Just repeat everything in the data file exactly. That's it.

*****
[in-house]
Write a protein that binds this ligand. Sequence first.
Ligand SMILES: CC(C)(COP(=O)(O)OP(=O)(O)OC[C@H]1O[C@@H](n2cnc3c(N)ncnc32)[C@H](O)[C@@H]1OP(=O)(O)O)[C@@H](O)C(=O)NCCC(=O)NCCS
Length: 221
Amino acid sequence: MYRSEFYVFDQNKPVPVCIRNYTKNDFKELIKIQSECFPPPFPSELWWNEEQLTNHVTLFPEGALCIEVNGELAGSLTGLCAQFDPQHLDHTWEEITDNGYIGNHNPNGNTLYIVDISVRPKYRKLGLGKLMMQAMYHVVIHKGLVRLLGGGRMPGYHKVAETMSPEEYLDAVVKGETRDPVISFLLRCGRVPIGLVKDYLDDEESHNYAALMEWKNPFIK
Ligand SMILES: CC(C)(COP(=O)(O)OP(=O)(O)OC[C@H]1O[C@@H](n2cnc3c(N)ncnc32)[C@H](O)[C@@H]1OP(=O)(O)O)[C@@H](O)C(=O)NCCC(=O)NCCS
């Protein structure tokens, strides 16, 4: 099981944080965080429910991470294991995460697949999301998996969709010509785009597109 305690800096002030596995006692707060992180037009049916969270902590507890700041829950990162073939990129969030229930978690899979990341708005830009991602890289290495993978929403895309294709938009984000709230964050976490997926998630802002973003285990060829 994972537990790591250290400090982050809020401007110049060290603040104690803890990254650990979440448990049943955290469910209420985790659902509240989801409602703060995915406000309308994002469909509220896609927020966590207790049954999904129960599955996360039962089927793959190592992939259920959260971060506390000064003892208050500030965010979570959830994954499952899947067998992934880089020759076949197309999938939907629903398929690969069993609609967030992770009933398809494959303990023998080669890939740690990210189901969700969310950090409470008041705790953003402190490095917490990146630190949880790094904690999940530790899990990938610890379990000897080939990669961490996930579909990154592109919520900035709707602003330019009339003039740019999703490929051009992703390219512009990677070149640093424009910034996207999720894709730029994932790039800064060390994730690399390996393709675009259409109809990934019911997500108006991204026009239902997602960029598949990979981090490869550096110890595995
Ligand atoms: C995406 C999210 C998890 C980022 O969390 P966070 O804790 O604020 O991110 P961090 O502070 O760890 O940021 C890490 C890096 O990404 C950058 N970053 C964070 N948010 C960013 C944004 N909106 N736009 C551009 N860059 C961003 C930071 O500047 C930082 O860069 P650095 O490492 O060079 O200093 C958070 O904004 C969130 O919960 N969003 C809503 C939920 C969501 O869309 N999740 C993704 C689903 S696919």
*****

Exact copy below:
[in-house]
Write a protein that binds this ligand. Sequence first.
Ligand SMILES: CC(C)(COP(=O)(O)OP(=O)(O)OC[C@H]1O[C@@H](n2cnc3c(N)ncnc32)[C@H](O)[C@@H]1OP(=O)(O)O)[C@@H](O)C(=O)NCCC(=O)NCCS
Length: 221
Amino acid sequence: MYRSEFYVFDQNKPVPVCIRNYTKNDFKELIKIQSECFPPPFPSELWWNEEQLTNHVTLFPEGALCIEVNGELAGSLTGLCAQFDPQHLDHTWEEITDNGYIGNHNPNGNTLYIVDISVRPKYRKLGLGKLMMQAMYHVVIHKGLVRLLGGGRMPGYHKVAETMSPEEYLDAVVKGETRDPVISFLLRCGRVPIGLVKDYLDDEESHNYAALMEWKNPFIK
Ligand SMILES: CC(C)(COP(=O)(O)OP(=O)(O)OC[C@H]1O[C@@H](n2cnc3c(N)ncnc32)[C@H](O)[C@@H]1OP(=O)(O)O)[C@@H](O)C(=O)NCCC(=O)NCCS
């Protein structure tokens, strides 16, 4: 099981944080965080429910991470294991995460697949999301998996969709010509785009597109 305690800096002030596995006692707060992180037009049916969270902590507890700041829950990162073939990129969030229930978690899979990341708005830009991602890289290495993978929403895309294709938009984000709230964050976490997926998630802002973003285990060829 994972537990790591250290400090982050809020401007110049060290603040104690803890990254650990979440448990049943955290469910209420985790659902509240989801409602703060995915406000309308994002469909509220896609927020966590207790049954999904129960599955996360039962089927793959190592992939259920959260971060506390000064003892208050500030965010979570959830994954499952899947067998992934880089020759076949197309999938939907629903398929690969069993609609967030992770009933398809494959303990023998080669890939740690990210189901969700969310950090409470008041705790953003402190490095917490990146630190949880790094904690999940530790899990990938610890379990000897080939990669961490996930579909990154592109919520900035709707602003330019009339003039740019999703490929051009992703390219512009990677070149640093424009910034996207999720894709730029994932790039800064060390994730690399390996393709675009259409109809990934019911997500108006991204026009239902997602960029598949990979981090490869550096110890595995
Ligand atoms: C995406 C999210 C998890 C980022 O969390 P966070 O804790 O604020 O991110 P961090 O502070 O760890 O940021 C890490 C890096 O990404 C950058 N970053 C964070 N948010 C960013 C944004 N909106 N736009 C551009 N860059 C961003 C930071 O500047 C930082 O860069 P650095 O490492 O060079 O200093 C958070 O904004 C969130 O919960 N969003 C809503 C939920 C969501 O869309 N999740 C993704 C689903 S696919």